Java 2 Ada

Advanced Resource Embedder for Ada, C and Go

By Stephane Carrez

Incorporating files in a binary program can sometimes be a challenge. The Advance Resource Embedder is a flexible tool that collects files such as documentation, images, scripts, configuration files and generates a source code that contains these files.

The tool is able to apply some transformations on the collected files:

  • it can run a Javascript minifier such as closure,
  • it can compress CSS files by running yui-compressor,
  • it can compress files by running gzip or another compression tool.

Once these transformations are executed, it invokes a target generator to produce a source file either in C, Ada or Go language. The generated source file can then be used in the final program and taken into account during the compilation process of that program. At the end, the binary will contain the embedded files with their optional transformations.

Resource Embedder Overview

The process to use ARE is simple:

  • You describe the resources that you want to embed. The description is either made on command line arguments or by writing an XML file. The XML description gives more flexibility as it allows to define a transformation rule that must be executed on the original file before being embedded. This allows to minify a Javascript or CSS file, compress some files and even encrypt a file before its integration.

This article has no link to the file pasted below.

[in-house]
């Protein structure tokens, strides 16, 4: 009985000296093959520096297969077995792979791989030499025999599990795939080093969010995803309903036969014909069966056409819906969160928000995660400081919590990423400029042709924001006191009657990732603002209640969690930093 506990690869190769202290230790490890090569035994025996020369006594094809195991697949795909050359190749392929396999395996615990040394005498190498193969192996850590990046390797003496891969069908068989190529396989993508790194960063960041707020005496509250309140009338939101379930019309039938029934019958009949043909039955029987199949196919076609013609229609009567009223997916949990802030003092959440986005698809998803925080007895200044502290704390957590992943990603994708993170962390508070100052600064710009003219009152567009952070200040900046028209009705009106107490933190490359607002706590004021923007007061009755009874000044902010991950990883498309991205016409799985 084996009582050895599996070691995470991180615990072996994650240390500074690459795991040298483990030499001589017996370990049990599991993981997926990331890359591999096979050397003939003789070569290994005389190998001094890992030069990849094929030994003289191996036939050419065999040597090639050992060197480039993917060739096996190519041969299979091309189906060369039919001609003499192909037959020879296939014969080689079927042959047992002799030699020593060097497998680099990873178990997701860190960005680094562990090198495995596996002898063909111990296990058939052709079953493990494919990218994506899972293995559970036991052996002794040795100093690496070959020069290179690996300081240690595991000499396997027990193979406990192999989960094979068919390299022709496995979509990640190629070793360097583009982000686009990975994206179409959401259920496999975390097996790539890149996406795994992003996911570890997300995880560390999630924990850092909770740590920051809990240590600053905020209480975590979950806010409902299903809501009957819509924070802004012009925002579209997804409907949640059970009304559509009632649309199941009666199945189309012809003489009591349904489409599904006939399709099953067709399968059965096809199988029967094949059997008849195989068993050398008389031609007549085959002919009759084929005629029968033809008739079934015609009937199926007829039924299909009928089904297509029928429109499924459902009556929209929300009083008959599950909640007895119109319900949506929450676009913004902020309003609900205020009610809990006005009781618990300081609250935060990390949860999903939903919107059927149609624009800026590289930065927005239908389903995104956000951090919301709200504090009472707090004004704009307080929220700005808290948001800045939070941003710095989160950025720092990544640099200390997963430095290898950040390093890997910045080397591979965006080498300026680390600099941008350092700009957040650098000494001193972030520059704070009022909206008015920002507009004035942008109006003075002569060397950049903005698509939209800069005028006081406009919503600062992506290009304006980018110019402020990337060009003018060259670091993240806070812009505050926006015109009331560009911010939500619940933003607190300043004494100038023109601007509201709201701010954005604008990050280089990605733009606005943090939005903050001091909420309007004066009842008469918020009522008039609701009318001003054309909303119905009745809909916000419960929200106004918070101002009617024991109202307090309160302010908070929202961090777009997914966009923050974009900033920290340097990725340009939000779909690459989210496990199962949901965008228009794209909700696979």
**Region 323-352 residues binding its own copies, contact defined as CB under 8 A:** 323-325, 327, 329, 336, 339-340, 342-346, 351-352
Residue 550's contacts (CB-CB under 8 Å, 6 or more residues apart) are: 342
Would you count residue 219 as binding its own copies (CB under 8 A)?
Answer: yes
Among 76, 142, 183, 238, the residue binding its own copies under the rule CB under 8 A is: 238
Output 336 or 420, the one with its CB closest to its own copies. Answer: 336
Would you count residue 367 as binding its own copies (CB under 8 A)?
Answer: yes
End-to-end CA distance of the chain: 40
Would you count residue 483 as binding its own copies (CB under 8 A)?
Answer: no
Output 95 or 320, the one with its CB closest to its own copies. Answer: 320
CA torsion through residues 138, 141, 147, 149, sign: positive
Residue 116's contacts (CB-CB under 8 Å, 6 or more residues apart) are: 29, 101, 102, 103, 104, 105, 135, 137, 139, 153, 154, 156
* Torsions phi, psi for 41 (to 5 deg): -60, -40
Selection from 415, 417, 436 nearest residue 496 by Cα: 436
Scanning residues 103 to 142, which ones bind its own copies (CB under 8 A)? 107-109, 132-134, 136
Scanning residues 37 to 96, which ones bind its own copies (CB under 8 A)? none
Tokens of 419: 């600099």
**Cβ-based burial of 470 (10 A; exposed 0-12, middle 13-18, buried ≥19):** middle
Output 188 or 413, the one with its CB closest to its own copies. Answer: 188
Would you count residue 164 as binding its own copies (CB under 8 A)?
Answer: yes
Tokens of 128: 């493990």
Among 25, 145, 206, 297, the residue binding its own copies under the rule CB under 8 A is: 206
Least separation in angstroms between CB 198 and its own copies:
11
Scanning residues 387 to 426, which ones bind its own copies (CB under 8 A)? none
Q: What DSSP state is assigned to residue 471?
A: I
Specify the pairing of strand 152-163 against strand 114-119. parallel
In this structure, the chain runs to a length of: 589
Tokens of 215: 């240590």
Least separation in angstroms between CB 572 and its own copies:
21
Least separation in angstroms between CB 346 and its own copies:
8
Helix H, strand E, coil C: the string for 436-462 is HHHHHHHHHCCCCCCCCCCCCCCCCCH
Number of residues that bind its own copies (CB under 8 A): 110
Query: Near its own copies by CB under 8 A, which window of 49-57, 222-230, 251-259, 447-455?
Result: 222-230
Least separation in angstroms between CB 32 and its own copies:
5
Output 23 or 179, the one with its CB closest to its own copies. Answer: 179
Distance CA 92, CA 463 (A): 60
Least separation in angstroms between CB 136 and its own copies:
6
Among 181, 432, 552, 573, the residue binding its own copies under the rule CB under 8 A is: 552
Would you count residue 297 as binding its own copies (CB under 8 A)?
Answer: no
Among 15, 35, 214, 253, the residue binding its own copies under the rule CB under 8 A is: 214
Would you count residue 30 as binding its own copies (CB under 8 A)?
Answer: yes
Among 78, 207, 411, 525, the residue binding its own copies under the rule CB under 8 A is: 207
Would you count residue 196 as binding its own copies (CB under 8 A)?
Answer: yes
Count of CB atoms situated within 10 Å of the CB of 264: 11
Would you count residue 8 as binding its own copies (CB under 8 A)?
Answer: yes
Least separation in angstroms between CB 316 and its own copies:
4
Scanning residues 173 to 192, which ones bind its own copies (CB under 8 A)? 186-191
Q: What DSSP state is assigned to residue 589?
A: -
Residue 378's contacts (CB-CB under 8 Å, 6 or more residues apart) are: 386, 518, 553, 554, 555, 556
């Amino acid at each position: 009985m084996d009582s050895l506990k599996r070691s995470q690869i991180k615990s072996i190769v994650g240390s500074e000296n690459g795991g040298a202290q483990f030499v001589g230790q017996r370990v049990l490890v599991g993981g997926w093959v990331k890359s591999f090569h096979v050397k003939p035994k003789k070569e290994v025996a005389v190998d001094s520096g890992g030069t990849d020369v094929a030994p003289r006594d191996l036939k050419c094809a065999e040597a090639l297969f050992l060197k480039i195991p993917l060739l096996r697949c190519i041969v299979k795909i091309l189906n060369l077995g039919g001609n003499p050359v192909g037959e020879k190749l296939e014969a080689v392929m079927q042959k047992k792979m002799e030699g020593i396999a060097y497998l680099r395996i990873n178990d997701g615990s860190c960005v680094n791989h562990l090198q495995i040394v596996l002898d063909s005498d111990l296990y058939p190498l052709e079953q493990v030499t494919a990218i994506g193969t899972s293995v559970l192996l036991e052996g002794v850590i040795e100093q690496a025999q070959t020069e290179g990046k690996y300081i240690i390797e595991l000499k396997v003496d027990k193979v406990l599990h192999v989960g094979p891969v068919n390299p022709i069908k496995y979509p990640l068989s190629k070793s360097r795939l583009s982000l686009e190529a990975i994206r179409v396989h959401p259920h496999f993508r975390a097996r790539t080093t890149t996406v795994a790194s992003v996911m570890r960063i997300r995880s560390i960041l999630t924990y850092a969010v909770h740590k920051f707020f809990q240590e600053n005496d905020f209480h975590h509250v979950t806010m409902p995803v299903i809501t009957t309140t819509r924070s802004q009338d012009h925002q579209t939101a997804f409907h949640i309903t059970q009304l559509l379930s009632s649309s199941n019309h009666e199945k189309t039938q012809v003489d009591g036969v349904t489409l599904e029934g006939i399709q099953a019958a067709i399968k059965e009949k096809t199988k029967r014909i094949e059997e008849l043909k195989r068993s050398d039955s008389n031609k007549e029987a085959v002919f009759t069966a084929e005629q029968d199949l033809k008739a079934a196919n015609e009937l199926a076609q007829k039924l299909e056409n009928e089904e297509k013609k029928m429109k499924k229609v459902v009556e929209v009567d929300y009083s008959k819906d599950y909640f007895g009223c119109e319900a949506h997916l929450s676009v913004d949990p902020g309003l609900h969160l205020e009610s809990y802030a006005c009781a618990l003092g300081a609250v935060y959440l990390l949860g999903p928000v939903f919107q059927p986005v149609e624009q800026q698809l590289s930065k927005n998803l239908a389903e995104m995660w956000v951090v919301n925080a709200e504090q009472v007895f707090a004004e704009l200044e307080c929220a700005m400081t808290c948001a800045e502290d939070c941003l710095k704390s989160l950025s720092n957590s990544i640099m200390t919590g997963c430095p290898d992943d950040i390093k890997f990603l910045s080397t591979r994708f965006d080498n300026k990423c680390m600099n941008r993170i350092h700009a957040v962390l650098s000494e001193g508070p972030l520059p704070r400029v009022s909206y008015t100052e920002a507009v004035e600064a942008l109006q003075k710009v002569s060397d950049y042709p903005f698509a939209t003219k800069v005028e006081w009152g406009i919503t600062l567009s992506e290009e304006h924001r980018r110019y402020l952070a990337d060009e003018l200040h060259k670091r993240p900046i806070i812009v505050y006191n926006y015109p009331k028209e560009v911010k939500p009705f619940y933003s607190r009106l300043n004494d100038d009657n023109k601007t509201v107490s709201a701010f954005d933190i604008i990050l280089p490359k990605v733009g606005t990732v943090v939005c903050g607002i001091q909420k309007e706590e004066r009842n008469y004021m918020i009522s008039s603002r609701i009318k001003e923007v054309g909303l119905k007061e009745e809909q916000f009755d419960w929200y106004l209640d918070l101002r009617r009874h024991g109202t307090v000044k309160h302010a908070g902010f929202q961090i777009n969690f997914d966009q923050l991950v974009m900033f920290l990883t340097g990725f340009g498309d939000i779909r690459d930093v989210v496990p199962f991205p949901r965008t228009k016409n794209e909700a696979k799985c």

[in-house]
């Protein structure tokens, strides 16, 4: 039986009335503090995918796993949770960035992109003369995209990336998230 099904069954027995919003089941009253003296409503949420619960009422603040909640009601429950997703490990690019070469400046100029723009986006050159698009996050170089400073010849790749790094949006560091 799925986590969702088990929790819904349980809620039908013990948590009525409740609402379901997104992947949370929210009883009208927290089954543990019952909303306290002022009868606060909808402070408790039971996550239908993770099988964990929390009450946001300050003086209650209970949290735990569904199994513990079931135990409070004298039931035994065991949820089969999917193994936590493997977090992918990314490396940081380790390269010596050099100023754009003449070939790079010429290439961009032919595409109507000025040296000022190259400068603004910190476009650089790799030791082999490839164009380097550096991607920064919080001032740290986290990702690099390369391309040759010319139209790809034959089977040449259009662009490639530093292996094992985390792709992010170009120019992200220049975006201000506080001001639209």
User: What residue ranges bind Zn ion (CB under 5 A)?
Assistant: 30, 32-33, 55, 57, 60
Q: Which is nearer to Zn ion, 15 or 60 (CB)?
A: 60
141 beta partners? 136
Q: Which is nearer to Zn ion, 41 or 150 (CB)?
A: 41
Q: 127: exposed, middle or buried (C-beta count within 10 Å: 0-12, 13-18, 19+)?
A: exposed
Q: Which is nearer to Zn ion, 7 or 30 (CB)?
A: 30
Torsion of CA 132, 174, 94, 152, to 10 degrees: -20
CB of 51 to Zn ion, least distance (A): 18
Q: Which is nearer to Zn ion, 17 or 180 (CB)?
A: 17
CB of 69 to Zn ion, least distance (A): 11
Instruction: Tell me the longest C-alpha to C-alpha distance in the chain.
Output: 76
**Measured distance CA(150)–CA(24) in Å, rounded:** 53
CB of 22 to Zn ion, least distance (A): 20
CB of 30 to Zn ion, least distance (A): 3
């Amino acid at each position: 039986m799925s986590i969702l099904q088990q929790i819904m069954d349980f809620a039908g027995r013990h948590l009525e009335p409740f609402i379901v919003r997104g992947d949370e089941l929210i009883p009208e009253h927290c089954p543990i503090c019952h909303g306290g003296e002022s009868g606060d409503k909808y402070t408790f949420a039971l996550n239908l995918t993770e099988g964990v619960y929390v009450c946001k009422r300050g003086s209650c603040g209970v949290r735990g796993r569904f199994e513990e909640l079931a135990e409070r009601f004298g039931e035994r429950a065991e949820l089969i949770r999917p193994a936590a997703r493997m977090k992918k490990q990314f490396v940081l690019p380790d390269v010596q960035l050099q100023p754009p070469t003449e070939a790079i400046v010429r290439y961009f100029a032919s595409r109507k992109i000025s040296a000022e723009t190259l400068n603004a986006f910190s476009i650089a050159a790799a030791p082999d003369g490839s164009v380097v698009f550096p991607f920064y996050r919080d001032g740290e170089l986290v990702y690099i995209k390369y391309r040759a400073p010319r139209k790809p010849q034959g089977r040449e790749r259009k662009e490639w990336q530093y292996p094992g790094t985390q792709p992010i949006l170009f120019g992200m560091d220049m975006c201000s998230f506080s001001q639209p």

• You run the ARE command with your target language and rule description and you give the tool a list of directories that must be scanned to identify the files that must be collected. The ARE tool scan the directories according to the patterns that you have given either on the command line or in the XML rule description. After identifying the files, the tool applies the rules and execute the transformations. The ARE tool then invokes the target language generator that writes one or several files depending on the list of resources.
  • Once the files are generated, you use them in your program and add them in your build process as they are now part of your sources. After building your program, it now embeds the resource files that were collected and optionally transformed.

Defining resources to embed

The first step is to write some package.xml file which describes a list of resources with their content. The root XML element is package and each resource is described by a resource XML element. The resource is assigned a name that will be used by the code generator. The C generator will use the name as a prefix for the C function and C type declaration. The Ada and Go generator will use that name for the Ada or Go package.